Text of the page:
Homecoming film posterCREDITS
Director/Writer Beyoncé [as “Beyoncé Knowles-Carter”]; Cinematographers Mark Ritchie; Starring Beyoncé; Length 137 minutes.
Seen at home (Netflix streaming), London, Thursday 18 April 2019.

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Yentl (1983)

Another key figure not just for the American musical but for music and indeed society itself, from the 1960s on, is Barbra Streisand. She is a towering presence in a number of films created around her charismatic on-screen persona, but she moved into directing as well, most notably with this adaptation of a Isaac Bashevis Singer play and short story.


There’s probably no real intellectual response to this film, because you’re either partial to Barbra Streisand or you’re not. She certainly does dominate the film, though when he shows up a young Mandy Patinkin does distract attention somewhat, even if (perhaps wisely) Streisand doesn’t give him any singing to do — the music is all for Yentl to perform, for hers is the central drama. Her struggle is against the religiously-mandated life that has been set out for her in early-20th century Poland — wife and motherhood — when all she wants to do is study and learning, right from the very outset (when we see her buy a religious text off a passing bookseller). So she cuts her hair and goes into town, dropping quotes from the Talmud and enrolling in a yeshiva with aforementioned Avigdor (Patinkin), who’s engaged but doesn’t really want to get married. The production values are big, of course, and it’s all rousingly put together. The incipient gender-non-conformist themes are somewhat let down in the final act, but it does enjoyably flirt with these ideas for at least part of its running time, and that (along with those central performances) probably keep it worthwhile.

Yentl film posterCREDITS
Director Barbra Streisand; Writers Streisand and Jack Rosenthal (based on the play by Isaac Bashevis Singer and Leah Napolin, itself based on the short story “Yentl the Yeshiva Boy” by Singer); Cinematographer David Watkin; Starring Barbra Streisand, Mandy Patinkin, Amy Irving; Length 131 minutes.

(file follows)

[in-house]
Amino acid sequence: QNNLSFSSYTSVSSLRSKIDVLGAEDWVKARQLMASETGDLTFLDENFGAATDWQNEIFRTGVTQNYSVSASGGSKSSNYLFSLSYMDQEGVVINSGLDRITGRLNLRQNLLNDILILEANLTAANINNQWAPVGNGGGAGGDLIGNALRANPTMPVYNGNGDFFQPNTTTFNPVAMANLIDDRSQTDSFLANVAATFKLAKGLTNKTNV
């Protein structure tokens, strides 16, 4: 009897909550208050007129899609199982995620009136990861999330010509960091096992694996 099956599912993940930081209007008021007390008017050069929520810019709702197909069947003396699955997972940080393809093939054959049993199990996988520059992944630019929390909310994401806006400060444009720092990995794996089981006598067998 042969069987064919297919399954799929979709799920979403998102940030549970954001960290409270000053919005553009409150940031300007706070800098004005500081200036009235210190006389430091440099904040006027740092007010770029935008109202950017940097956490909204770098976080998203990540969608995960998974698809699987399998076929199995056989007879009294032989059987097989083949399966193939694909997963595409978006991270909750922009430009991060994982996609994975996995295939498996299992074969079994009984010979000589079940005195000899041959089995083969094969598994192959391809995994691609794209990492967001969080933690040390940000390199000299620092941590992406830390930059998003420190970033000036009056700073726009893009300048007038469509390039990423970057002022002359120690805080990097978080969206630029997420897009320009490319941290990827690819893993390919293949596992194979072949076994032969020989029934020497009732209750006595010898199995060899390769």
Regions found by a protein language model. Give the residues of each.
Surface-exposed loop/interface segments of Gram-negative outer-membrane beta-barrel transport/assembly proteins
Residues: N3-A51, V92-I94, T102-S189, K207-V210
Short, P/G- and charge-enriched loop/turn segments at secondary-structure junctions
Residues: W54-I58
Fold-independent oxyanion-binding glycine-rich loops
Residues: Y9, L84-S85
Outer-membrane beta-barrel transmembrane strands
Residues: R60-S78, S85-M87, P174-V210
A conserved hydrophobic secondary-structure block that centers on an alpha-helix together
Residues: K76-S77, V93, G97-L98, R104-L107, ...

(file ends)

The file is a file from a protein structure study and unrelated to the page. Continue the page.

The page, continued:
Seen at home (DVD), London, Sunday 25 August 2019.

Cabaret (1972)

As part of my musicals themed week in honour of the BFI’s big season, today is Bob Fosse day. The restoration of Sweet Charity (1969), Fosse’s first directorial effort and an undeserved box office flop, graced the London Film Festival as the harbinger for their season, and several of his other musicals are screening. His most famous work is of course 1972’s Cabaret, which I only saw for the first time last year.


Having contrived never to have seen this, a vintage 35mm Technicolor print screened at Il Cinema Ritrovato seemed as good a way as any to experience it, and it didn’t disappoint, certainly not on the level of the glorious colours and look of the film. The staccato editing, frequently used to counterpoint a song performed in the Kit Kat Club cabaret of the title, and some other event — for example, in the opening scene, the arrival of the Eddie Redmayne of the 1970s (Michael York, not the most compelling actor), the murder by the Nazis of an over-officious bouncer who had bullied a young Nazi out of the cabaret, et al. — is only one striking method the film uses to differentiate itself from the stage musical.

Needless to say, they can’t have found a better person than Liza Minnelli to play Sally Bowles, and she really does hold the whole project together, along with Joel Grey’s lissome and gender-crossing performance as the MC. The background story of the rise of the Nazis is handled with delicacy as well — it is rarely the centre of attention (except in one Aryan youth’s rendition of a song in a picturesque countryside tavern, and the subplot involving Marisa Berenson’s Jewish heiress), but small hints of the Swastika in the background provide a constant reminder of the future that awaits the city and its characters.

Cabaret film posterCREDITS
Director Bob Fosse; Writer Jay Allen (based on the musical by Joe Masteroff, John Kander and Fred Ebb, itself based on the play I Am a Camera by John Van Druten and the novel Goodbye to Berlin by Christopher Isherwood); Cinematographer Geoffrey Unsworth; Starring Liza Minnelli, Michael York, Joel Grey, Helmut Griem, Marisa Berenson; Length 124 minutes.